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Showing posts from September 17, 2008

Goddess Worship in Hinduism

Hinduism is perhaps the only living religion that has a long and thriving tradition of Goddess Worship dating from ancient times. The Worship of Mother Goddess is found in the Indus valley civilization and terracotta Mother Goddess figures dating back to 1000 BC has been found in other parts of India. Goddess Worshipped in Hindu religion is associated with procreation, motherly care, preservation, fertility, nourishment, knowledge, wealth, savior in times of difficulty, love and compassion. Along with her positive traits, she can also be a terror, who will unleash calamity; she can cause and cure distresses. Thus Mother Goddess is also believed to be a personification of Nature – she is Shakti – nothing exists without Her. It must be noted here that that Mother Goddess cult developed and flourished in India before the arrival of the idea of religion. The idea of religion was alien to India and was introduced by Muslim invaders and later on by Europeans and Christian missionaries. Rig …

Why is Vishwakarma Puja celebrated on a fixed date – September 17?

Vishwakarma Puja, or Biswakarma Jayanti, is celebrated annually on September 17 in Bengal, Orissa, Jharkhand, Assam, Tripura and other parts of Eastern India. Majority of the Hindu festivals are not celebrated on a constant date because most auspicious days and festivals depend on the lunar calendar and on tithi – lunar day, which changes annually. But majority of times Vishwakarma puja falls on September 17 (very rarely it might vary by a day).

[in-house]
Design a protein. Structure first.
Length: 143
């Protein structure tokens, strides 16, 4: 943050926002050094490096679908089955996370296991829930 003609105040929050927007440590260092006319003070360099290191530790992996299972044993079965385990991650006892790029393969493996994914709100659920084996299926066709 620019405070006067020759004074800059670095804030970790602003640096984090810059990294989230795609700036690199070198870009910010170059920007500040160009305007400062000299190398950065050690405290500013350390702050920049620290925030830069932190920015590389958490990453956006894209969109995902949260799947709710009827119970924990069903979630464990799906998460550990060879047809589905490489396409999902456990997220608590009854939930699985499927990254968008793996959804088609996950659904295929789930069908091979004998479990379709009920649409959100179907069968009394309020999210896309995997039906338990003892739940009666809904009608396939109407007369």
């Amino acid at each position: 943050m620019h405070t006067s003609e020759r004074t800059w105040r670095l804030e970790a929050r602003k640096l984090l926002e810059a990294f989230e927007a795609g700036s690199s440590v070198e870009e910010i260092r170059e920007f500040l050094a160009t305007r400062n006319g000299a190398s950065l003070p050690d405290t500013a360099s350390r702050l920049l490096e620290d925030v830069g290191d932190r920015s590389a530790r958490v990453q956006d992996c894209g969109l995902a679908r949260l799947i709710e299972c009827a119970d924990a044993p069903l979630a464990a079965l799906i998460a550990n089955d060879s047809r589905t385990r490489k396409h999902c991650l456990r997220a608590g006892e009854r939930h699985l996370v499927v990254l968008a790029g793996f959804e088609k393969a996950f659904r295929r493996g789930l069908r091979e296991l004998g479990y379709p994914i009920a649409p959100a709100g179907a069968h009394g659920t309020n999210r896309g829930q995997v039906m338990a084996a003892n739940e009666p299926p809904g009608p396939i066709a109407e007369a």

This is because Vishwakarma Puja day is calculated based on the transit of the sun. The two major schools of almanacs followed in Bengali are the he Suryasiddhanta and Bisuddhasiddhanta. Both subscribe to the same view.
Vishwakarma Puja is dedicated to Lord Vishwakarma the divine architect of the universe in Hinduism. Sudeshna Banerjee writes about this interesting aspect in The Telegraph, Calcutta. “Vishwakarma puja is scheduled on the last day of the Bengali month of Bhadra, more specifically on Bhadra sankranti. That is when the sun transits…

Quotes – Indira Gandhi on Nataraja Idol

One cannot but marvel at the deep insight and sweep of imagination of our ancients to visualized cosmic energy in the form of Nataraja. The dance of the Nataraja symbolizes truth and beauty; realization and dissolution; force and rhythm; movement and change; time flowing and time still. The Nataraja is a representation of the divine as creator and artist.Indira Gandhi – Former Prime Minister of India
(Source: In her foreword to C. Sivaramurti's monograph of 1974 on Nataraja)